For panfish like crappie, bluegill, and sunfish, small jigs, curly-tailed grubs, and live bait (worms, crickets) can be productive choices. When fishing for catfish, try using prepared baits like chicken liver, shrimp, or cut bait, as well as live bait like bluegills or nightcrawlers.

Remember, it’s always a good idea to check the specific regulations for the body of water you plan to fish, as certain bait or lure restrictions may apply.

Responsible Fishing in New Mexico

While enjoying the incredible fishing opportunities in New Mexico, it’s essential to practice responsible and sustainable angling practices. Here are some tips to help you become a responsible angler:

  • Obtain the proper licenses and permits before fishing.
  • Familiarize yourself with and adhere to all fishing regulations, including bag limits, size limits, and gear restrictions.
  • Practice catch-and-release techniques when appropriate, handling fish carefully and minimizing time out of the water.
  • Respect the environment by properly disposing of any litter or waste.
  • Support conservation efforts by purchasing the required habitat stamps and validations.
  • Consider joining local fishing clubs or organizations that promote responsible angling and environmental stewardship.

By following these guidelines, you can help ensure that New Mexico’s diverse and vibrant fishing opportunities remain available for generations to come.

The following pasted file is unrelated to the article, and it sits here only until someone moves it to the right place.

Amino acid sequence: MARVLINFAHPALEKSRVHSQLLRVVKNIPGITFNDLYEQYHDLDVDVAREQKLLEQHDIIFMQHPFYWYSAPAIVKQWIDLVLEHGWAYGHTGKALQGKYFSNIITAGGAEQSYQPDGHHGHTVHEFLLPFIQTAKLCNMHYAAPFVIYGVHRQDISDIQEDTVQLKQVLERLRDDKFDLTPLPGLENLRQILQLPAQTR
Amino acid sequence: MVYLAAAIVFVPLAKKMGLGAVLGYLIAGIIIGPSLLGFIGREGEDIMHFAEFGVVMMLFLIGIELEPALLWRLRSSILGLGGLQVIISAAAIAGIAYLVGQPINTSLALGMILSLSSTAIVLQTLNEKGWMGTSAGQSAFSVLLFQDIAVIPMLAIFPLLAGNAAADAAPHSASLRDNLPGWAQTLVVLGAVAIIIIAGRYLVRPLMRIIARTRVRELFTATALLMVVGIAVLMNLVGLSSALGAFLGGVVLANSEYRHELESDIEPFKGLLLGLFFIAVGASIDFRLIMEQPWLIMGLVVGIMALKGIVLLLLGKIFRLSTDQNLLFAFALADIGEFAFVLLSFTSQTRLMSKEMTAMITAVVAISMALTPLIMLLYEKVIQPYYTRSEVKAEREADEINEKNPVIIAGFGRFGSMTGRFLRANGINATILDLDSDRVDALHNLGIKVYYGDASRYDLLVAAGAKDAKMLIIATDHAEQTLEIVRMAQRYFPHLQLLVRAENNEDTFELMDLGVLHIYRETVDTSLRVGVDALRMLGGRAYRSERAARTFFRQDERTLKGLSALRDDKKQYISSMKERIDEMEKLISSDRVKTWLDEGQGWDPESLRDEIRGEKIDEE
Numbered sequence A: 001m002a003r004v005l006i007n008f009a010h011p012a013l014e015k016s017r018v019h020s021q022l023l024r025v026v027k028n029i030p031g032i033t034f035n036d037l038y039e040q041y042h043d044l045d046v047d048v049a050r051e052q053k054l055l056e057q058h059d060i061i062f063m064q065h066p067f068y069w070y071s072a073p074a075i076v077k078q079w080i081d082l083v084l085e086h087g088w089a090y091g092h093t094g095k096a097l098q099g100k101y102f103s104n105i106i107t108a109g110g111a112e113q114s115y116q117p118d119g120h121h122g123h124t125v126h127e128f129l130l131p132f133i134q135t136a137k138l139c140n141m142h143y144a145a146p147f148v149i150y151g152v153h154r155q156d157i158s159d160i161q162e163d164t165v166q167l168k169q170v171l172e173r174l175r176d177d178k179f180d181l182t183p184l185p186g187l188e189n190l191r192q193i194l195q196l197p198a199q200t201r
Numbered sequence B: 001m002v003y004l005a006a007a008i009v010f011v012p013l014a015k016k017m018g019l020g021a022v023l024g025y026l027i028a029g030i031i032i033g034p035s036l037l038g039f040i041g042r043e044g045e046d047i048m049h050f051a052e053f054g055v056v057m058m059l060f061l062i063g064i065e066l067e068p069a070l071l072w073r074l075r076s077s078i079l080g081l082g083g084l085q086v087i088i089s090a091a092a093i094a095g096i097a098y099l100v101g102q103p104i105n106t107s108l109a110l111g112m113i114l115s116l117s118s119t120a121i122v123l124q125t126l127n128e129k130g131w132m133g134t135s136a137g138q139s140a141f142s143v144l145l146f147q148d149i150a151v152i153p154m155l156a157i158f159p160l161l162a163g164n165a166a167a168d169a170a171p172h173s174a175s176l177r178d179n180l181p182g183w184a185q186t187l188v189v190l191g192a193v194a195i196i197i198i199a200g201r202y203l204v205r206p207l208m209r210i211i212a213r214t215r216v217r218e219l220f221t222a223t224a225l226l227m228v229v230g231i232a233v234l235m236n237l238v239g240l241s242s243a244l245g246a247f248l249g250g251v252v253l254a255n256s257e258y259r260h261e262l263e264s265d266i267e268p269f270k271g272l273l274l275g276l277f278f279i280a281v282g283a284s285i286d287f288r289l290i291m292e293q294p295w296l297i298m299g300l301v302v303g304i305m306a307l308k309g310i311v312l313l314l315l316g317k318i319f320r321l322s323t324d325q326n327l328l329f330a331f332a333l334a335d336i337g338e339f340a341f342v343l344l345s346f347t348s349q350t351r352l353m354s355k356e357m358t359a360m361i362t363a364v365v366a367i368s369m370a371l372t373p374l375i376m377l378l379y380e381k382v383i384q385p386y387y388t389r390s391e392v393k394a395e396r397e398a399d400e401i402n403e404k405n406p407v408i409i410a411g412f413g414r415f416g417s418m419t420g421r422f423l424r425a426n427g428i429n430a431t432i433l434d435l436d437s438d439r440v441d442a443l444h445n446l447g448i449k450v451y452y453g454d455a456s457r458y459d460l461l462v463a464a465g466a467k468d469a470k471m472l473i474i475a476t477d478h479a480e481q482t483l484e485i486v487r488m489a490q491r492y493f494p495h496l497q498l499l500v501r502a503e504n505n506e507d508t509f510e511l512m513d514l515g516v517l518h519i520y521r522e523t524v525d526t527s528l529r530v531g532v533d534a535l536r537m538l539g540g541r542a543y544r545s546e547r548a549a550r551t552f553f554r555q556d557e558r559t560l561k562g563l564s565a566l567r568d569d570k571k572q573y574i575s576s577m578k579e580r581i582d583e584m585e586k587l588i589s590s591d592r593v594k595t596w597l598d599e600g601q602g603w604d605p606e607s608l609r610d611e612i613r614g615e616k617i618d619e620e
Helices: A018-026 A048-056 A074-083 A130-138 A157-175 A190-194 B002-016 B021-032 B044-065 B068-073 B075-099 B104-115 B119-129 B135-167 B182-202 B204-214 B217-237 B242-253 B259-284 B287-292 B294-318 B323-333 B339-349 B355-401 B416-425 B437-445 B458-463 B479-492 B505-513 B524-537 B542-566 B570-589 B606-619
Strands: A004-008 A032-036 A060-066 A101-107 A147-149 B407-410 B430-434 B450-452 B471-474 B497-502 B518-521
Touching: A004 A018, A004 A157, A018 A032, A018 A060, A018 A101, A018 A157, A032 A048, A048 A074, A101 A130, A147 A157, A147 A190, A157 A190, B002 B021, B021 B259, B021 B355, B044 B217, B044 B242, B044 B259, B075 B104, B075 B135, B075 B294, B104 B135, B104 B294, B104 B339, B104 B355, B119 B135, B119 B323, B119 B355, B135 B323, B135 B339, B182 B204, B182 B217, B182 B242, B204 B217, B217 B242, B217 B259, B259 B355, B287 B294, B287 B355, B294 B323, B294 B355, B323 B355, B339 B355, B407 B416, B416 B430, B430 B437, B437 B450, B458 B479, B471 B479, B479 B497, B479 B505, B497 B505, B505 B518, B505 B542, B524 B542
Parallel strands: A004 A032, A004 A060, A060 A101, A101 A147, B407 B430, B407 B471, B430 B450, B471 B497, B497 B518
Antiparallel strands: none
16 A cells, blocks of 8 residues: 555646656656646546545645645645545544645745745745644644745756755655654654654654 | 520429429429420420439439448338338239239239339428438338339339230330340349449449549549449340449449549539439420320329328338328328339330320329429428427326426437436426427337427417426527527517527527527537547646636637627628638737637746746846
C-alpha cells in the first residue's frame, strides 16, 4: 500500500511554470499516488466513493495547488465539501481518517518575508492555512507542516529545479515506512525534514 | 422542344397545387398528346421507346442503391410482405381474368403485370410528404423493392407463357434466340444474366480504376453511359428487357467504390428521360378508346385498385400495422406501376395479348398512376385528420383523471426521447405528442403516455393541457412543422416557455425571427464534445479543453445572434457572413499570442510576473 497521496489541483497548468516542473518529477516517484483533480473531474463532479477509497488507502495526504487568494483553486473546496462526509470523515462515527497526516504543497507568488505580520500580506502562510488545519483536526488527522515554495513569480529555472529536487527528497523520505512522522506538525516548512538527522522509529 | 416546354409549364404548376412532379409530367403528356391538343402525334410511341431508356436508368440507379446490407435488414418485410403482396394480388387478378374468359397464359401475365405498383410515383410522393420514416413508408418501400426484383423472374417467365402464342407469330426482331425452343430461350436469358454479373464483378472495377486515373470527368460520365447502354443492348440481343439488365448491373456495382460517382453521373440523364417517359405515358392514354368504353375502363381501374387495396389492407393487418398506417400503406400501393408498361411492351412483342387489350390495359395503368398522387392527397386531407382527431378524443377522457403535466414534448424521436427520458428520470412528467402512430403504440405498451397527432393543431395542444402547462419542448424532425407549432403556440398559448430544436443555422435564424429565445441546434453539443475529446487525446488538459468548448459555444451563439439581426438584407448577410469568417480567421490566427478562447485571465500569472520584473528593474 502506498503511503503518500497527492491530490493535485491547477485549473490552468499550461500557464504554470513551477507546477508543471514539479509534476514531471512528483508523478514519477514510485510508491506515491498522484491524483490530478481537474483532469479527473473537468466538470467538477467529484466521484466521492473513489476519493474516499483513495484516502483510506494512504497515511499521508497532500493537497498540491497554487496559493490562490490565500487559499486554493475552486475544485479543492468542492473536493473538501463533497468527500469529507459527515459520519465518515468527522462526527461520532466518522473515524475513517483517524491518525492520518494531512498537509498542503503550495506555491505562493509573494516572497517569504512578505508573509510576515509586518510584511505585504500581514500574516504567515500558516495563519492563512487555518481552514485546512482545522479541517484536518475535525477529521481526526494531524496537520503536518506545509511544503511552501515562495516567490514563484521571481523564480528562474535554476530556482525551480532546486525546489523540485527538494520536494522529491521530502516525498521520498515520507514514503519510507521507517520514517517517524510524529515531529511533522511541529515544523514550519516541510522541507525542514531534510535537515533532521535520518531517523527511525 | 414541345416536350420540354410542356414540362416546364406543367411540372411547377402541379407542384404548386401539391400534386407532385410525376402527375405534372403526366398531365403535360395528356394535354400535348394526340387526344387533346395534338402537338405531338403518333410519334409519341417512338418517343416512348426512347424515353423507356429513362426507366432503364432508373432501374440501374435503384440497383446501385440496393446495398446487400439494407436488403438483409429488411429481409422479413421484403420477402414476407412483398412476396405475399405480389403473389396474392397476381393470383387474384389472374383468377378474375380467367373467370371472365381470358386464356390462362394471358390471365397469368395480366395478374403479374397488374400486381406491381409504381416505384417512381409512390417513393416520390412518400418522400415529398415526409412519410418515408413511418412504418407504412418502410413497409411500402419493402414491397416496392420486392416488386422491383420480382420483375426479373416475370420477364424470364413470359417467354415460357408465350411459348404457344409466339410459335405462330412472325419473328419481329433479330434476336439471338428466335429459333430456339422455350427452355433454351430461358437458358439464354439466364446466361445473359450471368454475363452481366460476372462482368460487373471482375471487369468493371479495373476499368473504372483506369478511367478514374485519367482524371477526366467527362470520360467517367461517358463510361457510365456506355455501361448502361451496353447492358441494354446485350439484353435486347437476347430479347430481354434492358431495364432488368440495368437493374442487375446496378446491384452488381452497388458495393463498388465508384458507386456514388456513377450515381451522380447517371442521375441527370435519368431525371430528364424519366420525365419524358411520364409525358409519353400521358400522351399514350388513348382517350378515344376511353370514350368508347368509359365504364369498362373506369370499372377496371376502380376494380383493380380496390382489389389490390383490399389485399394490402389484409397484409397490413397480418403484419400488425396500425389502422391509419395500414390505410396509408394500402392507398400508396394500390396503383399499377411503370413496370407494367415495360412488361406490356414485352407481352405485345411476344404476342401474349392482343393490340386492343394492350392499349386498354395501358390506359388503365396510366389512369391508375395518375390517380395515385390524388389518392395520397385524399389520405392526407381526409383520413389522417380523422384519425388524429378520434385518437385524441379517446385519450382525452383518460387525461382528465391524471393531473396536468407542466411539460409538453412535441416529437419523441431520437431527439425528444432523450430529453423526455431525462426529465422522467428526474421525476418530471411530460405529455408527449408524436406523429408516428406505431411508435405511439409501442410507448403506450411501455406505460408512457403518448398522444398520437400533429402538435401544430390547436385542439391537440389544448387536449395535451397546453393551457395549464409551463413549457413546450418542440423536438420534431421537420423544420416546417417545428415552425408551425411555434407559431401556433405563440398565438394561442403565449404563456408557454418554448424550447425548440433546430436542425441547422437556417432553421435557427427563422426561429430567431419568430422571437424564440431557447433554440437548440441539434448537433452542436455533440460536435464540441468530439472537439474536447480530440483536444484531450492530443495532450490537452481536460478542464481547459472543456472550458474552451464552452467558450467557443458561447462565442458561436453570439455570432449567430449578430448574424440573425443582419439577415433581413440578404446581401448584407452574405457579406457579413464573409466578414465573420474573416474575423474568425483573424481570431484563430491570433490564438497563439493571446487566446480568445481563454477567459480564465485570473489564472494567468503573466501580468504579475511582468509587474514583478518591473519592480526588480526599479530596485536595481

For the most up-to-date information on fishing licenses, regulations, and resources in New Mexico, visit the official website of the New Mexico Department of Game & Fish at www.wildlife.state.nm.us/fishing.

What is the best time of day to fish in New Mexico?

Generally, early morning and late evening are the best times to fish, especially during the summer months when temperatures are cooler.

Do I need a fishing license to fish in New Mexico?

Yes, anglers aged 12 and older must have a valid New Mexico fishing license. You can purchase licenses online or at various locations throughout the state.

What are the bag limits for different fish species in New Mexico?

Bag limits vary depending on the fish species and the specific water body. Always consult the New Mexico Department of Game and Fish website for the most up-to-date regulations.

Can I use live bait in all New Mexico waters?

While live bait is permitted in most waters, there are some restrictions in certain areas to prevent the spread of invasive species. Check the regulations for the specific water body you plan to fish.

What should I do if I catch a fish that is out of season or undersized?

If you catch a fish that is out of season or does not meet the size requirements, you must release it immediately. Handle the fish gently and minimize its time out of the water to increase its chances of survival.